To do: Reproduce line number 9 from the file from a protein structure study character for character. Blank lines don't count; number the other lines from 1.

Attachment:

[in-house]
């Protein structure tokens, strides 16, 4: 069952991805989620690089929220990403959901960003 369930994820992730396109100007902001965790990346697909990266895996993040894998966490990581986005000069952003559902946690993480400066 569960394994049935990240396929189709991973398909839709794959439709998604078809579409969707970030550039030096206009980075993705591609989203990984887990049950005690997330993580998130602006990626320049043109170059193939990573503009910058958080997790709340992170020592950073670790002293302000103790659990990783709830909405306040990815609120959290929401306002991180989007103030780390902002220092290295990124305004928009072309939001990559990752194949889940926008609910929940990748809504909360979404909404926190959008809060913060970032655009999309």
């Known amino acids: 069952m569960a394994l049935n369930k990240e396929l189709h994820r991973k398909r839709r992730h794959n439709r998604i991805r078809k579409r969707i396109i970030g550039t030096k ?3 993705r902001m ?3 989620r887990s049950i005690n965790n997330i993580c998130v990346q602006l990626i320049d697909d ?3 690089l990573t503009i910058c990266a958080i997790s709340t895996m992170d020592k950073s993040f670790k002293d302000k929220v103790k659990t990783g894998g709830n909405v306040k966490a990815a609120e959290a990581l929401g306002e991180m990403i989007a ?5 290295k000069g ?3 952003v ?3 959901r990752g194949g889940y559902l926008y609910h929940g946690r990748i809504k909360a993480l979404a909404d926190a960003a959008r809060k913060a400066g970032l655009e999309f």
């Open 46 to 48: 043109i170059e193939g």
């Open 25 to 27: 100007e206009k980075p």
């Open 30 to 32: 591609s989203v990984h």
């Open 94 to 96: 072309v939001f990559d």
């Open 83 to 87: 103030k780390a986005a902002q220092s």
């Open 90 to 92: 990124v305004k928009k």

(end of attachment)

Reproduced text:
């Open 90 to 92: 990124v305004k928009k």